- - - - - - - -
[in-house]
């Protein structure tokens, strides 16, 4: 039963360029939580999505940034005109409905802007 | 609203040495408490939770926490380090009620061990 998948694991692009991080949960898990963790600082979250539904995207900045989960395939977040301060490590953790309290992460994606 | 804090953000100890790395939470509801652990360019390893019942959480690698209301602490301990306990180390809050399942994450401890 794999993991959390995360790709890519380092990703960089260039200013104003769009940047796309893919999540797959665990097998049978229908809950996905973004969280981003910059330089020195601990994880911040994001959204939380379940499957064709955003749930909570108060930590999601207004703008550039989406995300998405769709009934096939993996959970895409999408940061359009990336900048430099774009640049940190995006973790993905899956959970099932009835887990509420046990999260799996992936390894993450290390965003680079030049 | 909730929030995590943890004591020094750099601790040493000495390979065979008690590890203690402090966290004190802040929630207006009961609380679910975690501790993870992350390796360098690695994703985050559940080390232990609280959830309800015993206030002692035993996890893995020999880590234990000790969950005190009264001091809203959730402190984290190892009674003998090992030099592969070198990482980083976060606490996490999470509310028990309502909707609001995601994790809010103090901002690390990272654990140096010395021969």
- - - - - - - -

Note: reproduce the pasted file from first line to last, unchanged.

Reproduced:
[in-house]
């Protein structure tokens, strides 16, 4: 039963360029939580999505940034005109409905802007 | 609203040495408490939770926490380090009620061990 998948694991692009991080949960898990963790600082979250539904995207900045989960395939977040301060490590953790309290992460994606 | 804090953000100890790395939470509801652990360019390893019942959480690698209301602490301990306990180390809050399942994450401890 794999993991959390995360790709890519380092990703960089260039200013104003769009940047796309893919999540797959665990097998049978229908809950996905973004969280981003910059330089020195601990994880911040994001959204939380379940499957064709955003749930909570108060930590999601207004703008550039989406995300998405769709009934096939993996959970895409999408940061359009990336900048430099774009640049940190995006973790993905899956959970099932009835887990509420046990999260799996992936390894993450290390965003680079030049 | 909730929030995590943890004591020094750099601790040493000495390979065979008690590890203690402090966290004190802040929630207006009961609380679910975690501790993870992350390796360098690695994703985050559940080390232990609280959830309800015993206030002692035993996890893995020999880590234990000790969950005190009264001091809203959730402190984290190892009674003998090992030099592969070198990482980083976060606490996490999470509310028990309502909707609001995601994790809010103090901002690390990272654990140096010395021969």